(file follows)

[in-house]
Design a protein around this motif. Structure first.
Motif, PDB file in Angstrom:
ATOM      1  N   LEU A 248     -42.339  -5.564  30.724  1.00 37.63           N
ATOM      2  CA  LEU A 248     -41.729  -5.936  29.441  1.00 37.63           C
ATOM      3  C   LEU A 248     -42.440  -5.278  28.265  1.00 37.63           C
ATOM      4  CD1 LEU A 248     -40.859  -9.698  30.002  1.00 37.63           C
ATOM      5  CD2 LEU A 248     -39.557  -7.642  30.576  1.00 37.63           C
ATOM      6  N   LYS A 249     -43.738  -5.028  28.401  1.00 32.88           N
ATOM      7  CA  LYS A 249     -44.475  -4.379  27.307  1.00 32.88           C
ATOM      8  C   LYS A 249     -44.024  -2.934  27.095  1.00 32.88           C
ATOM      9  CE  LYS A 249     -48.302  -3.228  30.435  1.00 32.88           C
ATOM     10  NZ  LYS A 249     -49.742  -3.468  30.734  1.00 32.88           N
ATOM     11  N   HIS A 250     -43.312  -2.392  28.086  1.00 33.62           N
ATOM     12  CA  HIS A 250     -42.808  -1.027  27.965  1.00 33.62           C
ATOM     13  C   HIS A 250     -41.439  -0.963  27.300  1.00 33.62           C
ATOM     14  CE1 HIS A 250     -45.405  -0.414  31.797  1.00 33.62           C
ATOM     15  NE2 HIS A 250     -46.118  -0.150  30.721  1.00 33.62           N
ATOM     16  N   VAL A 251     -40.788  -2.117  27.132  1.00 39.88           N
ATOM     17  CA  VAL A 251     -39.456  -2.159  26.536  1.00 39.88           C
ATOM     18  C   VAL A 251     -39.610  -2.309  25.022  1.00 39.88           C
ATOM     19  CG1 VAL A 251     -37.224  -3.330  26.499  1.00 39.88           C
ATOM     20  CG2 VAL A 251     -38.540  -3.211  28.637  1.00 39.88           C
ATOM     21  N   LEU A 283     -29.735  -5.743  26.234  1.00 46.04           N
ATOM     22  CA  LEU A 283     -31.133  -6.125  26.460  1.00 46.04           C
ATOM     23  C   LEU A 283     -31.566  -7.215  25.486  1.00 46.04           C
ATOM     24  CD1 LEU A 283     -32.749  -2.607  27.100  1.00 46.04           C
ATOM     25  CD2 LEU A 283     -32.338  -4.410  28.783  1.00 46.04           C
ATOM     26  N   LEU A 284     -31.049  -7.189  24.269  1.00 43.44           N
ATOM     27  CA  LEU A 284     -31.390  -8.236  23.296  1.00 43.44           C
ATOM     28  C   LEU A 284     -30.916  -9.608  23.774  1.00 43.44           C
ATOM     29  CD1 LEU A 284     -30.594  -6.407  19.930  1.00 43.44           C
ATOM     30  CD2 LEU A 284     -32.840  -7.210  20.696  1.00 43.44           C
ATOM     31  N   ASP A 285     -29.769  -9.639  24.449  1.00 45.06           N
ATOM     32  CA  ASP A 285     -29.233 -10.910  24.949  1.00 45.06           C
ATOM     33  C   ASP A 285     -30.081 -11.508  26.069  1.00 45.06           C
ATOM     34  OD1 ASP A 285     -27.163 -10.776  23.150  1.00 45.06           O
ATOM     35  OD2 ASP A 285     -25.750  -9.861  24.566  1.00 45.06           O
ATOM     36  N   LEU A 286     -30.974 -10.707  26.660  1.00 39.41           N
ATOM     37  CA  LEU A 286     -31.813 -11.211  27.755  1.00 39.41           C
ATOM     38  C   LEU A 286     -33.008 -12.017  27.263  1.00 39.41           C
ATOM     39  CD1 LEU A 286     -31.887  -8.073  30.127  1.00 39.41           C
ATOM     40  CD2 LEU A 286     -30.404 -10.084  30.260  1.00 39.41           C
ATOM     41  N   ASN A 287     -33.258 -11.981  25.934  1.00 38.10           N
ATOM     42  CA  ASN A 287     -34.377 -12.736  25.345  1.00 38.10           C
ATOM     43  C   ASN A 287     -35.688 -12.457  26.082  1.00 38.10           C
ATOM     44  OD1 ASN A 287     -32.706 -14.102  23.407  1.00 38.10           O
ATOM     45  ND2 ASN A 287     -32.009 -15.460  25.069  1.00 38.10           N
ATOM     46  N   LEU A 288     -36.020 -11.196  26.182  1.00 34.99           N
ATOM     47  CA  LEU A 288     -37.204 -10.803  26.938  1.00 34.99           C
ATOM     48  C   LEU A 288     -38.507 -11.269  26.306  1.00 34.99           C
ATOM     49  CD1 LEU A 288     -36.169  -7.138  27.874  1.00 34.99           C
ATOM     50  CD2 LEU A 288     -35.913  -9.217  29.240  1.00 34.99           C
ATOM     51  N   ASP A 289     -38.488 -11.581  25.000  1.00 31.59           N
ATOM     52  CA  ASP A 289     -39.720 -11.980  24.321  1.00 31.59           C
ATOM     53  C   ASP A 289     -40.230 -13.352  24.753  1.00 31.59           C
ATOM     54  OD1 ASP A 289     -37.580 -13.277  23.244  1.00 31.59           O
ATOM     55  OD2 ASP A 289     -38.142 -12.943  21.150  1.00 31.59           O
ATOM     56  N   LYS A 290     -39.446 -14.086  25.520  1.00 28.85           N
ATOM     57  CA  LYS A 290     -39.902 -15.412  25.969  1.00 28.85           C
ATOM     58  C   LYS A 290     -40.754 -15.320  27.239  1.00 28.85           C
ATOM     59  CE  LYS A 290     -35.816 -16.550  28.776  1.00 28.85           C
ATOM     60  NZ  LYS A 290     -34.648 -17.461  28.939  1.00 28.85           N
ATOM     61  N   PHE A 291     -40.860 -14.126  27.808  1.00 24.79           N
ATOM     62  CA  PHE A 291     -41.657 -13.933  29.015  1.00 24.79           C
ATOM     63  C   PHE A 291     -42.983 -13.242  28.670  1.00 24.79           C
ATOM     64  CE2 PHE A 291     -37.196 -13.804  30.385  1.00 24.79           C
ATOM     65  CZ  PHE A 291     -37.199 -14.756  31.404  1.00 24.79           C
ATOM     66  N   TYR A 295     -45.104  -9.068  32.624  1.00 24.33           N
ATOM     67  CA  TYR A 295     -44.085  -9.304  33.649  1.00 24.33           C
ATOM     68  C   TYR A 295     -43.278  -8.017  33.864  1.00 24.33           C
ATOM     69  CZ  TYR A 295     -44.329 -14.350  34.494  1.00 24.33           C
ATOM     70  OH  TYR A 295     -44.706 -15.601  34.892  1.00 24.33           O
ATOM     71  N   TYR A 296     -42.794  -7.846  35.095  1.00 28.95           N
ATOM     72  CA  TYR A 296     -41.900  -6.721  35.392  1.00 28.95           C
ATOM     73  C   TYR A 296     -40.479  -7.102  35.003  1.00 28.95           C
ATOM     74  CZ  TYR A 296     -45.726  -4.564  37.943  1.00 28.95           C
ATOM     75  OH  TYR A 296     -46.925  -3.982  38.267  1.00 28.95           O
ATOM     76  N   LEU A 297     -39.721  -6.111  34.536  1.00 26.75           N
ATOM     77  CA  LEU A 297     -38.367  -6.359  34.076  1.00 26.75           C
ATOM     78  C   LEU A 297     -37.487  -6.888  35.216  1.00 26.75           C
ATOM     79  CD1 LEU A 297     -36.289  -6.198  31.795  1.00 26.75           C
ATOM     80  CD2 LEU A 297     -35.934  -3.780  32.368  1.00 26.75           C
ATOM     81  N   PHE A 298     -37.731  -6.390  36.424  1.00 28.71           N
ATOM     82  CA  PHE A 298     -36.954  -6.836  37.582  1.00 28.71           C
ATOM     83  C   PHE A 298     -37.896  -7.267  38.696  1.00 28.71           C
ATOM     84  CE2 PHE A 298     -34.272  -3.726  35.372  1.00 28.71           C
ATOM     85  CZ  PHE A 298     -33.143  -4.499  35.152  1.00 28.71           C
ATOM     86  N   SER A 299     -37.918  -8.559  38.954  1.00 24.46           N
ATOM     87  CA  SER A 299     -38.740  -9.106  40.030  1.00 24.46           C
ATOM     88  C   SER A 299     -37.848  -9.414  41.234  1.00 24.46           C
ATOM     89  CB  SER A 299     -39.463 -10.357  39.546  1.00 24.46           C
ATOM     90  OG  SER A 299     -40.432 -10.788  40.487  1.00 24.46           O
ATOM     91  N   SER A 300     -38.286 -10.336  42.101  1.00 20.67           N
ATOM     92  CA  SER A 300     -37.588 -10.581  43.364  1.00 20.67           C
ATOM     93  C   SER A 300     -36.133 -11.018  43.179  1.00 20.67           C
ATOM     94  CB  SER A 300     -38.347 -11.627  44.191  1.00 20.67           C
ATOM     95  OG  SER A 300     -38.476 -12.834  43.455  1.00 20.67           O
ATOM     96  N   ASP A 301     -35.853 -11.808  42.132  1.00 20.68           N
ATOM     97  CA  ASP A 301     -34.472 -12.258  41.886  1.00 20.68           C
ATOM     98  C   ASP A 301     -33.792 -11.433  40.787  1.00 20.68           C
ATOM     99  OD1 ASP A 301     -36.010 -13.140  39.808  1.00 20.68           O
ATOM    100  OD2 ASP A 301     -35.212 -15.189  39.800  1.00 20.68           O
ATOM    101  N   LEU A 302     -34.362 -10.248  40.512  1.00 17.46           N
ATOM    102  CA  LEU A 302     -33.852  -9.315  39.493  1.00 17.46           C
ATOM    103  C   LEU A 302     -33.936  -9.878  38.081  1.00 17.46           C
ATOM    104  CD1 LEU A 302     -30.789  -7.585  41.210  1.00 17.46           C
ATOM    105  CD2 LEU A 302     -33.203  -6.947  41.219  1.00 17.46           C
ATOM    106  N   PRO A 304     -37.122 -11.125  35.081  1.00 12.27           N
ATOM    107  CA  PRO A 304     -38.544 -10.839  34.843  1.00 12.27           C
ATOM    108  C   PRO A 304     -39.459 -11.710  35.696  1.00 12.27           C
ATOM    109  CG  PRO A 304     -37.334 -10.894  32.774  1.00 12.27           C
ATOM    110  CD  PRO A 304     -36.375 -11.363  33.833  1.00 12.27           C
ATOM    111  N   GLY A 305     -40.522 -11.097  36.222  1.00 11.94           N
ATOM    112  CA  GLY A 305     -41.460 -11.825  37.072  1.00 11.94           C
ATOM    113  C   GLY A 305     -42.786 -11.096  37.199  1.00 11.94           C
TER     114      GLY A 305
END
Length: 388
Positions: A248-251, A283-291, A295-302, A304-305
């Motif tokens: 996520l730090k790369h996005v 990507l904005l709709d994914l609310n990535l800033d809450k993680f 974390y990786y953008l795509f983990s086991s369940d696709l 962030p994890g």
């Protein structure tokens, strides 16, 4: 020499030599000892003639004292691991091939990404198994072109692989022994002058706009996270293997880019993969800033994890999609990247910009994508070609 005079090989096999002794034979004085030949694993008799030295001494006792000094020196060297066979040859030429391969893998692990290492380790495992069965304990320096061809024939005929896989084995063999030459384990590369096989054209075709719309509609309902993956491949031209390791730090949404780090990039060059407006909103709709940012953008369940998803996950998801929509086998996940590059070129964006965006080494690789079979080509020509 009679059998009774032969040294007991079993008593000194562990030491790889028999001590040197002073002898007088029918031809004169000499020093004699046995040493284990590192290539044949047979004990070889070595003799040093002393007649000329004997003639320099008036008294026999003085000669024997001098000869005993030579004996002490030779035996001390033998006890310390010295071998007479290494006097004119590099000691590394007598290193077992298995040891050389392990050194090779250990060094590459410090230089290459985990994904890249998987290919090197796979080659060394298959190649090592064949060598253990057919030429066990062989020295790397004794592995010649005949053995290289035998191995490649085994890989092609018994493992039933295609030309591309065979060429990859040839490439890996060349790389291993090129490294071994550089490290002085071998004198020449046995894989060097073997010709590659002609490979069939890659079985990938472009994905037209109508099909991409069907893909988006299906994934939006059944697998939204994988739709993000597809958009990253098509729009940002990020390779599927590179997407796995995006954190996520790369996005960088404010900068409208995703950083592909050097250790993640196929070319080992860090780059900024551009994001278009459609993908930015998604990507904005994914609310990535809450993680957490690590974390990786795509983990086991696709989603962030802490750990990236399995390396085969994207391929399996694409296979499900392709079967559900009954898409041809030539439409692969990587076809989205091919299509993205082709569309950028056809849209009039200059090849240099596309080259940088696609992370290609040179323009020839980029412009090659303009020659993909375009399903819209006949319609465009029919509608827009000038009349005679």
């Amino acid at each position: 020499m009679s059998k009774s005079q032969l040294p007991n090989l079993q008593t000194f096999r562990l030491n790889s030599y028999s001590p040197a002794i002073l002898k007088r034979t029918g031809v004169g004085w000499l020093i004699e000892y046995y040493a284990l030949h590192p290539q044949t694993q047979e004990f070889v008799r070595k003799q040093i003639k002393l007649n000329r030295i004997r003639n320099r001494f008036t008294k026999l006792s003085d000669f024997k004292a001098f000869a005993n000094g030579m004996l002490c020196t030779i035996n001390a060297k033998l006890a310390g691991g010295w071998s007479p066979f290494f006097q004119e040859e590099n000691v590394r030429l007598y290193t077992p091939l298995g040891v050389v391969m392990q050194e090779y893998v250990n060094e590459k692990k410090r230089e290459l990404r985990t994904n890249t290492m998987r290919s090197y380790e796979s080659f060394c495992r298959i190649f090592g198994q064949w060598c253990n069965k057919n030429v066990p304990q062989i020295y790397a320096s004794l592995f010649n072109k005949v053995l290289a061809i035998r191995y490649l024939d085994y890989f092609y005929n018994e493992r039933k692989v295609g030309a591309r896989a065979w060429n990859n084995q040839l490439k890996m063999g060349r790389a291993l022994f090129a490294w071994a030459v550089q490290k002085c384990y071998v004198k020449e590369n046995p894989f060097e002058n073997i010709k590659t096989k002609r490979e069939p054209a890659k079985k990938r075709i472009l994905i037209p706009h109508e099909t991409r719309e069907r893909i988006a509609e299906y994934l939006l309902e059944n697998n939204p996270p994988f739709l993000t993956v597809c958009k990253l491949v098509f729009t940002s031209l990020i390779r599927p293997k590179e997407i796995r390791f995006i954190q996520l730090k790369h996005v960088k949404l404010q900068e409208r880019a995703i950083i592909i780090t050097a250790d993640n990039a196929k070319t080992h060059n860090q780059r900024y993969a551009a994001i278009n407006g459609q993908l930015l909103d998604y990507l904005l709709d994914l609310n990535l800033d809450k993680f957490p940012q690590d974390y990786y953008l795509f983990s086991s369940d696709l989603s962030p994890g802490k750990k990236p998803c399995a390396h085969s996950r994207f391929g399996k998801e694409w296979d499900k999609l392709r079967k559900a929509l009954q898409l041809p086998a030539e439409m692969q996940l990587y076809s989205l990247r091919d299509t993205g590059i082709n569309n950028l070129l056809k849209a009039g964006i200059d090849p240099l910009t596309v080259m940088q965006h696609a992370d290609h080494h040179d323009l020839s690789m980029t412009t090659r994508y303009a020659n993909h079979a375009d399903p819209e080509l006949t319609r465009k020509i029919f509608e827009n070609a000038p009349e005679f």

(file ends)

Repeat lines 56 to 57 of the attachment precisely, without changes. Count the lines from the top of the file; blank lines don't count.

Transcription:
ATOM     53  C   ASP A 289     -40.230 -13.352  24.753  1.00 31.59           C
ATOM     54  OD1 ASP A 289     -37.580 -13.277  23.244  1.00 31.59           O